Sorting and purifying PMD waste for recycling
At its Recycling Centre in Willebroek, Indaver sorts selectively-collected household packaging waste, better known as PMD (Plastic packaging, Metal packaging, Drinks cartons). PMD waste includes:
- all forms of plastic packaging, such as bottles, containers, hard plastic packaging, trays and plastic films
- metal packaging such as tin cans, aluminium trays, drinks cans and aerosols from foods and cosmetics
- drinks cartons
Once sorted, these materials become new raw materials for the recycling industry.
Partner for Flemish Public Authorities
The facility in Willebroek treats 60,000 tonnes of PMD waste from public authorities who collect the waste through kerbside collection and recycling centres. Indaver is therefore a reliable partner to local authorities, intermunicipal organisations, cities and municipalities, and one that supports them in their transition to a circular economy.
Partner for the packaging industry
In Belgium, FOST Plus is responsible for managing packaging waste. This includes promoting, coordinating and financing selective collection, sorting and recycling. FOST Plus works closely with Indaver’s sorting centre in Willebroek. This is also the organisation that establishes the specific characteristics for PMD waste and the quality requirements for the outgoing material streams.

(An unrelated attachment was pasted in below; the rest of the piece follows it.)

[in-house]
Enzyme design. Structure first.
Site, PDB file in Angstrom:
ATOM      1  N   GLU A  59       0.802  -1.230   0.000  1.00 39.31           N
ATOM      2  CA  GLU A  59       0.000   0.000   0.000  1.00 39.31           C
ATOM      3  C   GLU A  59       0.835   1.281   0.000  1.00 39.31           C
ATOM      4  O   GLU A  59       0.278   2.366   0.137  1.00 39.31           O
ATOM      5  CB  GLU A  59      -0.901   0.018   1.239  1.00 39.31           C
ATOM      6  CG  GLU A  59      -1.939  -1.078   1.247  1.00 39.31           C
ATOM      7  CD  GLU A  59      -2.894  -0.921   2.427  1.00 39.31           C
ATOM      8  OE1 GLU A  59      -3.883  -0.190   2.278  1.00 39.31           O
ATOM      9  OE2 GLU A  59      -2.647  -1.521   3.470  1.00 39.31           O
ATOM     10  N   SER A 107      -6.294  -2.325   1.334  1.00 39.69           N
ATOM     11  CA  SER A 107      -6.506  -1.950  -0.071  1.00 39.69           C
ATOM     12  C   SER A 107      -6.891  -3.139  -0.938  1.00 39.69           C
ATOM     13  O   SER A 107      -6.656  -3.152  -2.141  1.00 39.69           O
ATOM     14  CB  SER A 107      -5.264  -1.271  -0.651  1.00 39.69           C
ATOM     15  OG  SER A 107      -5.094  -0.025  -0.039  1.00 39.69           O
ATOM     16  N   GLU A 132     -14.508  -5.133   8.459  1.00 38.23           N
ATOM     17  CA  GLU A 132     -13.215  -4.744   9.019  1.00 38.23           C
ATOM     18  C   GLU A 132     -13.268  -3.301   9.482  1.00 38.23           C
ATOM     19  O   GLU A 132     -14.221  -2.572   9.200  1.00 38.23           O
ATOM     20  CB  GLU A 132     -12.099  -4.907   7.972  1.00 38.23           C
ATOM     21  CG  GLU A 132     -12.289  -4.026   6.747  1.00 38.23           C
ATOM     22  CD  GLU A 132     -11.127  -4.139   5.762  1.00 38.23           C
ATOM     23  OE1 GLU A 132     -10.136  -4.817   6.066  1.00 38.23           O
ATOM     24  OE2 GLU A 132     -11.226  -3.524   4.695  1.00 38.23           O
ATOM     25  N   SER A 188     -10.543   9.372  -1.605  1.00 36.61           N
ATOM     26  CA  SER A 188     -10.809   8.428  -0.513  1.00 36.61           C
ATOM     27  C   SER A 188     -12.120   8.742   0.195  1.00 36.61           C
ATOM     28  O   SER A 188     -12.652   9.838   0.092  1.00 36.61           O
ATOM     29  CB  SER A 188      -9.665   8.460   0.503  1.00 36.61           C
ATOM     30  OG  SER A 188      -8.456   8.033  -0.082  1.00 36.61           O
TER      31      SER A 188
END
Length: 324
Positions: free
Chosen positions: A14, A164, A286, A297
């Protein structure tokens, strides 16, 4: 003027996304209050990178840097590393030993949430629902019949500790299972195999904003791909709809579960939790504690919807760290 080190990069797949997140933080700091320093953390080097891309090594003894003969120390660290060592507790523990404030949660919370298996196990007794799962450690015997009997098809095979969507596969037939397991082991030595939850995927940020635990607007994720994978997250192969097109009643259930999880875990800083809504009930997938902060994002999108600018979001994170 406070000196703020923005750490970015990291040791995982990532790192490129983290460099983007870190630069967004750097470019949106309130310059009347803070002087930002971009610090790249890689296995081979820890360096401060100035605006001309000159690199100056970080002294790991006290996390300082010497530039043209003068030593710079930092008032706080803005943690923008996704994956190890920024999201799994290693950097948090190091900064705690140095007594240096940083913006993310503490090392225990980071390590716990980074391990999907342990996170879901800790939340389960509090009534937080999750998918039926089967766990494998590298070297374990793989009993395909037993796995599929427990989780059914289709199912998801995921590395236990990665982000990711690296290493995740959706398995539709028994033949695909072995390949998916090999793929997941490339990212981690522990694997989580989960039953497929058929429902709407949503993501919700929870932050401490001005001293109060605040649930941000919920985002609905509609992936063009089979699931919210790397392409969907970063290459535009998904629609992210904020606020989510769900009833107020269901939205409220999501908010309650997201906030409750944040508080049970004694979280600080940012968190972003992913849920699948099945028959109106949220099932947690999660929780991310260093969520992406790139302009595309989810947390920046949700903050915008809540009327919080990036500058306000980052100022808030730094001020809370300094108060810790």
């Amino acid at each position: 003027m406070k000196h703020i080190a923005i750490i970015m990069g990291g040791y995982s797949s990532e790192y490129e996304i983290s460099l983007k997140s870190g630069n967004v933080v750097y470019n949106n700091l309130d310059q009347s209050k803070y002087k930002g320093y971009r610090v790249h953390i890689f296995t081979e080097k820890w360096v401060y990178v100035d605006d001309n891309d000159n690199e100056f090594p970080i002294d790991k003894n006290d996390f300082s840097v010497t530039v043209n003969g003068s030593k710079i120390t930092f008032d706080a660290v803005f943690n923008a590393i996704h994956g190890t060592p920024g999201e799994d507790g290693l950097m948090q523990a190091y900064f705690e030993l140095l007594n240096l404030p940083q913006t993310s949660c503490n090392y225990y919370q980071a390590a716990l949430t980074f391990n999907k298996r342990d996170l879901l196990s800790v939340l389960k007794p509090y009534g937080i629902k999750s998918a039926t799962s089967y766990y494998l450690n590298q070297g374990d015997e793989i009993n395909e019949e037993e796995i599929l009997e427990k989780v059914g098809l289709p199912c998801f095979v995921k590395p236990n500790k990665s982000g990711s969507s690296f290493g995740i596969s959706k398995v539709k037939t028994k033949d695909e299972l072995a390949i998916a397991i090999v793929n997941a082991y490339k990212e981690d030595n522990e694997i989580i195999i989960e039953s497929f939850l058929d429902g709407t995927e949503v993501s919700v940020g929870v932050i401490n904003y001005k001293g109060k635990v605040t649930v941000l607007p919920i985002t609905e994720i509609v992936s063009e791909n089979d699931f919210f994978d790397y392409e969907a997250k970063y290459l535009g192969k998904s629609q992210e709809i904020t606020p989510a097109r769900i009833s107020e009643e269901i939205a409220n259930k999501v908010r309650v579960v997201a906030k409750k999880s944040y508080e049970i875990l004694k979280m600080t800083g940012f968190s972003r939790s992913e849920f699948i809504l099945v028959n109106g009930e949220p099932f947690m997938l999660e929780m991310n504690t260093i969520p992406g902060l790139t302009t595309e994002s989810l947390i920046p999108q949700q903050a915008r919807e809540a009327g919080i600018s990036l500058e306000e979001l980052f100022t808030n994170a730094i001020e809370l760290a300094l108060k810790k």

Treatment process in ultra-modern sorting infrastructure
Indaver’s state-of-the-art facility sorts the waste into no less than 14 end products. A carefully-considered and ingenious arrangement of the machines ensures the materials delivered are of particularly high quality.
- The PMD goes through an automated sack opener then into the rotating sieves, where it goes through an initial separation according to size.
- First, very small parts such as bottle tops and screw caps are removed from the material stream. Magnets and eddy-current separators also recover the metals further at this point.
- Wind sifters separate the plastic films from the hard packaging waste. Infra-red separators then sort the films further into different types.
- Once the light films have been removed from the material stream, the heavier packaging materials are sorted. These go through a treatment process in two parallel lines and consist of (among other things) bottles & containers, butter tubs, trays, cans and drinks packaging.
- In both sorting lines, magnets first remove the metals from the stream. Infrared light then detects the drinks cartons and compressed air blows them out of the PMD waste. A non-ferrous separator, selects the non-ferrous metals, such as aluminium cans.
- A ballistic separator separates hard and soft plastics.
- At the heart of the sorting plant there is an arsenal of optical separators. They separate the plastics using a combined technique of material and colour recognition. So the materials are purified to the high standards the recycling industry demands.
- Finally, the pre-sorted fractions come into the sorting hall. Here, our sorters check a number of fractions again for impurities.
With its high-tech PMD sorting facility, Indaver creates value from packaging waste.
Traceability for a pure loop
Indaver delivers end products with a very high level of purity. The new raw materials meet all of the criteria set by the recycling industry. So, we are closing the materials loop and maintaining high quality. Furthermore, every bale is given an ID label. This provides all of the details required for this information to remain traceable once the bale has left our sorting centre.